The Economist has published its biennial ranking of full-time MBA programs. This year, the ranking looks somewhat different, since a number of schools declined to participate, presumably due to the chaos caused by the coronavirus pandemic.
Last year's top-ranked school, the University of Chicago's Booth School of Business, for example, is not included in this year's ranking. Instead, the number one position belongs to Spain's IESE Business School, which rose nine spots. The runner-up position belongs to HEC Paris, which rose one position. HEC Paris is followed by the University of Michigan's Ross School of Business and NYU - Stern is in fourth place.
Because so many schools did not participate this year, most of the ones that did rose, and many rose substantially. The Georgia Institute of Technology's Scheller College of Busines, for example, rose a whopping 18 spots to land at number five.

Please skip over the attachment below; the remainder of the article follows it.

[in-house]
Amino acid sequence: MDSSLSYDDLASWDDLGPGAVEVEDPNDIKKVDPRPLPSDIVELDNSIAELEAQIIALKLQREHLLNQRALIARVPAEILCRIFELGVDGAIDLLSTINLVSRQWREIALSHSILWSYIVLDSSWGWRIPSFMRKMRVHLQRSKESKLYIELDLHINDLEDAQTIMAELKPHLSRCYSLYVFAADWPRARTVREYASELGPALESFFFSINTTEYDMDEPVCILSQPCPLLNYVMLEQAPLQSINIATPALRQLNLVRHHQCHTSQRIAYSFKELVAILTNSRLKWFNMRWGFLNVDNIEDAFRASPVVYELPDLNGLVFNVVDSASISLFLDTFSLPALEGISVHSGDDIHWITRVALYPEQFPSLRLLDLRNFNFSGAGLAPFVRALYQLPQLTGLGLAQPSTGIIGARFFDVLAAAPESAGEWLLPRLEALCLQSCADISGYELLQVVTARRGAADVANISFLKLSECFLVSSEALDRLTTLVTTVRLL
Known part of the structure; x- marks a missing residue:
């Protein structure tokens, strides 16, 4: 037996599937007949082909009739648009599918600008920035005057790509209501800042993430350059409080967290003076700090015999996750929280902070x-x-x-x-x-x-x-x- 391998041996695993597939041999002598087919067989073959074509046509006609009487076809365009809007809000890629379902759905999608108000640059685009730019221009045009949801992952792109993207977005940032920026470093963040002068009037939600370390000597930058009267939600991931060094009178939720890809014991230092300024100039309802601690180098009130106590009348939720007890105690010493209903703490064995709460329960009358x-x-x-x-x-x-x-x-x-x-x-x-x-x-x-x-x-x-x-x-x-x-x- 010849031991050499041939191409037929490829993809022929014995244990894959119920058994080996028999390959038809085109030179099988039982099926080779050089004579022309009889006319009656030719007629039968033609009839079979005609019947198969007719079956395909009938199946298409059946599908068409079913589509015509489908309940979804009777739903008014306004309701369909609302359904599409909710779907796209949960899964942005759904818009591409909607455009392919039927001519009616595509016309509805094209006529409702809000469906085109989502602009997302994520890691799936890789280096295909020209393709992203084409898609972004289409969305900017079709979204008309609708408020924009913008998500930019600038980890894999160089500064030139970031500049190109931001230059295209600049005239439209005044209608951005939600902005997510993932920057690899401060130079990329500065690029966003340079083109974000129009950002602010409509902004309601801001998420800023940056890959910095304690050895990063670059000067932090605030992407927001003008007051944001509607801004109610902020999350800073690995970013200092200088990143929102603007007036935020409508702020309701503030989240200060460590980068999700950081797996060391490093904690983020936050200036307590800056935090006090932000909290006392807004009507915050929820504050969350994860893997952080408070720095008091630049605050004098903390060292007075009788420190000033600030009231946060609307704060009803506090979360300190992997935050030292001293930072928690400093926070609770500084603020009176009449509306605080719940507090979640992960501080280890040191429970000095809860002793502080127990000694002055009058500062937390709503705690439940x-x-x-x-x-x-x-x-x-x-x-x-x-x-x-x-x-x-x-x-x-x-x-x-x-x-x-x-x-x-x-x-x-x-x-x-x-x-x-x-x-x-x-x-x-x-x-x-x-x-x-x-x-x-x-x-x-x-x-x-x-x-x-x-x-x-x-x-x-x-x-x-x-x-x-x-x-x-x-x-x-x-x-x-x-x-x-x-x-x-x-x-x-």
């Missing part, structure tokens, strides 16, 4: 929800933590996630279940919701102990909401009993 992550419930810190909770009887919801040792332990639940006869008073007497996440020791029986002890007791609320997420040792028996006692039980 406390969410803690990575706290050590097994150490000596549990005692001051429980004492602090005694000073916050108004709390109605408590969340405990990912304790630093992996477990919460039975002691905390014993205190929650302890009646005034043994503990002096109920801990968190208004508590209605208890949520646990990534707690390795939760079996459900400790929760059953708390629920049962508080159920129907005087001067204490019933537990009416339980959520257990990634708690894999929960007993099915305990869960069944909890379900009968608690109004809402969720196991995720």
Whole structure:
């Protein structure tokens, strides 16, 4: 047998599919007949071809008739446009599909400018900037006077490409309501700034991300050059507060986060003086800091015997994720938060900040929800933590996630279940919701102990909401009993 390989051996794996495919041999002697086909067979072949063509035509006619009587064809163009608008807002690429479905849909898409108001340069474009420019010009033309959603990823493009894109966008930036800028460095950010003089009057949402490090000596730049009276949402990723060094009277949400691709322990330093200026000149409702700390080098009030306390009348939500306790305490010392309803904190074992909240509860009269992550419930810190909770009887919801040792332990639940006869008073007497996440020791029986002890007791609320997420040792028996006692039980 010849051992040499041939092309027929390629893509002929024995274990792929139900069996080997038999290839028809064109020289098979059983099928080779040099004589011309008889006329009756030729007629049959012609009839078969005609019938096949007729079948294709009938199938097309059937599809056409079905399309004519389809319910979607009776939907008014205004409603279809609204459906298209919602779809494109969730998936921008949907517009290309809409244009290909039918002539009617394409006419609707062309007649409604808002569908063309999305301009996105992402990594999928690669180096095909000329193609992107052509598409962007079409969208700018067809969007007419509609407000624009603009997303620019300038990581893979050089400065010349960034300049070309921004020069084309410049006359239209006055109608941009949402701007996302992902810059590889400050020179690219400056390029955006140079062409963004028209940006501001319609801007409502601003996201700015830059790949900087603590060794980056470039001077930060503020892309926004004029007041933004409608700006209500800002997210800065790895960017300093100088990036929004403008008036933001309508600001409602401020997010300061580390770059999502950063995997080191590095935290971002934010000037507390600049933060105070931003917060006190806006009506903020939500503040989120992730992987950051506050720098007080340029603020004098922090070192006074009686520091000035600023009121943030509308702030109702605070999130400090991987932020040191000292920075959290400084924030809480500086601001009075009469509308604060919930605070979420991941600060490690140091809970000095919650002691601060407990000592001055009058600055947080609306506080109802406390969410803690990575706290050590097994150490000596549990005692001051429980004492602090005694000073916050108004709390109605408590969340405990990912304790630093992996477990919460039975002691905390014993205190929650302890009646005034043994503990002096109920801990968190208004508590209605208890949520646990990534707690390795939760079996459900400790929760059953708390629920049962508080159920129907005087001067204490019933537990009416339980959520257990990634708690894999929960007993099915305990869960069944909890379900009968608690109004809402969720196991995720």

A number of other striking changes are evident as well. After Italy's SDA Bocconi, which is ranked sixth, is EDHEC Business School, which rose 25 positions. The University of Washington's Foster School of Business is ranked eight, and is followed by Carnegie Mellon's Tepper School of Business, which was ranked 32nd in 2019. Other huge rises belong to Switzerland's IMD Business School, which rose 25 positions to land at number ten and Minnesota's Carlson School of Management, which went from 39 to 11.
Besides Booth, other schools that did not participate this year include UC Berkeley, Wharton, Darden, Stanford, Cornell, Dartmouth, Columbia, MIT - Sloan, and Kellogg, among others.
For more about The Economist's full-time MBA rankings and other rankings, please see FIND MBA's MBA Rankings page.